The PBCore team is looking for all feedback on use and non-use of PBCore by people who manage audiovisual collections. This’ll help inform the work happening now on improving the schema, and whatever else can be done to make PBCore more useful. You can take the survey here:
Please do it, you know you want to! It’ll be good for you!
Oh, also, if you take the survey before May 5, you have a chance at winning a PBCore mug, which will feature our recently created new PBCore logo! Who wouldn’t want a PBCore mug? Everyone who completes the survey will be entered in a drawing, and three winners will be announced on Friday, May 9th.
The logo is pretty cool, no?
As the denizens and constituents of pbcoreresources.org will know, this community blog got started when somebody who shall remain nameless dropped the ball on continuing support for PBCore back in 2008. By that time, many audiovisual archives and developers had adopted PBCore as a promising metadata standard for audio and video assets and collections. Some community dialogue and self-support was needed, and the PBCore community has grown significantly since then.
Well here’s some good news: PBCore is back in action, with the official support of WGBH and the Library of Congress. It’s now under the care of the American Archive, which has been funded by the Corporation for Public Broadcasting which has renewed its commitment to preserving the audiovisual treasures created over decades by public broadcasters and producers in the United States.
There is some work to do on the PBCore schema, and a really good team of people are working on that now. The canonical PBCore website will soon be refreshed, and other teams are working on educational and support materials.
You can get more of the full rundown on the American Archive website announcement of this news that PBCore is back in action!
So…lots going on in PBCoreland that hasn’t been reflected on pbcoreresources.org. I’ll get to that in another post. For the moment I want to mark something that is currently bugging me about PBCore 2.0: pbcoreAssetDate needs something to say what date formatting is being used. This is true for all other dates in a PBCore record.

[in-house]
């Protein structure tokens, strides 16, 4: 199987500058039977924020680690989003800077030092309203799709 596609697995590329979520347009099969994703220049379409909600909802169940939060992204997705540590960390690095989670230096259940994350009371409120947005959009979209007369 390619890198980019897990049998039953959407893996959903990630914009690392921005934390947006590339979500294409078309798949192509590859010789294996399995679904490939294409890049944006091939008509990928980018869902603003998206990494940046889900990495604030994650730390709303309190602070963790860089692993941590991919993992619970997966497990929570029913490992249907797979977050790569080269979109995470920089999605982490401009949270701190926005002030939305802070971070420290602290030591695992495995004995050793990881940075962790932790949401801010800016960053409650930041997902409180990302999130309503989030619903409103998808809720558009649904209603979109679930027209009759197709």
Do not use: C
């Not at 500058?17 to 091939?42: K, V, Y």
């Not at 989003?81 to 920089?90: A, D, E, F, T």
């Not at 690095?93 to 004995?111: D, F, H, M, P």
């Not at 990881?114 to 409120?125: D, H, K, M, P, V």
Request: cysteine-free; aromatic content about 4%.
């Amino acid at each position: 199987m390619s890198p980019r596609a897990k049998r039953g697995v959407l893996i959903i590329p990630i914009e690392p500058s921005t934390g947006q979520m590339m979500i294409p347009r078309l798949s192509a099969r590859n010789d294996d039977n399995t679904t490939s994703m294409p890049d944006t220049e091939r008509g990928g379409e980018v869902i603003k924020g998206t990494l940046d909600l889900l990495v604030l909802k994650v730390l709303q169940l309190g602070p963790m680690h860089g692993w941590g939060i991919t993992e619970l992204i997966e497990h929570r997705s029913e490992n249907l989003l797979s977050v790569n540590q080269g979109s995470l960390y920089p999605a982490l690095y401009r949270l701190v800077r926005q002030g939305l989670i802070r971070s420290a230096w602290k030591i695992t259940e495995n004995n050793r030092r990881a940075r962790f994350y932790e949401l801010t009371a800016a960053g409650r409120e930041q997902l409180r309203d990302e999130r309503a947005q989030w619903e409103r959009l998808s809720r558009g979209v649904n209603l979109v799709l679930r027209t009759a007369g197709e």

I’m in the middle of building a PBCore export feature for WILL’s main website. This will allow exchange of pretty complete metadata with systems that can ingest PBCore, like the American Archive project (if it ever gets truly rolling) and the Popup Archive (which is rolling nicely). As I dive into the specifics, I want to return to and highlight those things about the PBCore 2.0 schema that remain…unfinished.
An event for the ages:
PBCore Cataloging Workshop
A day of cataloging exercises and case studies
Wednesday, November 16th, 9 a.m. to 5 p.m.
At the Association of Moving Image Archivists Annual Conference, Austin, Texas
Find out if PBCore is a good data structure for your audiovisual assets. With PBCore experts, dig into the PBCore 2.0 schema and meet a range of tools; learn mandatory, suggested, and recommended elements, picklists and relationships; and explore workflows for handling intellectual content and instantiations. Gain a solid grasp of why and how PBCore is useful for handling analog and digital audiovisual objects.
The workshop will be held at The Harry Ransom Center, The University of Texas at Austin
I guess I know just enough about RDF to be dangerous. It may be that I am not plugging the namespace information in correctly, but all my attempts to wrap a PBCore XML record in RDF have failed validation in the W3C validation tool (http://www.w3.org/RDF/Validator/). I would really love and adore an example of a valid PBCore record in RDF.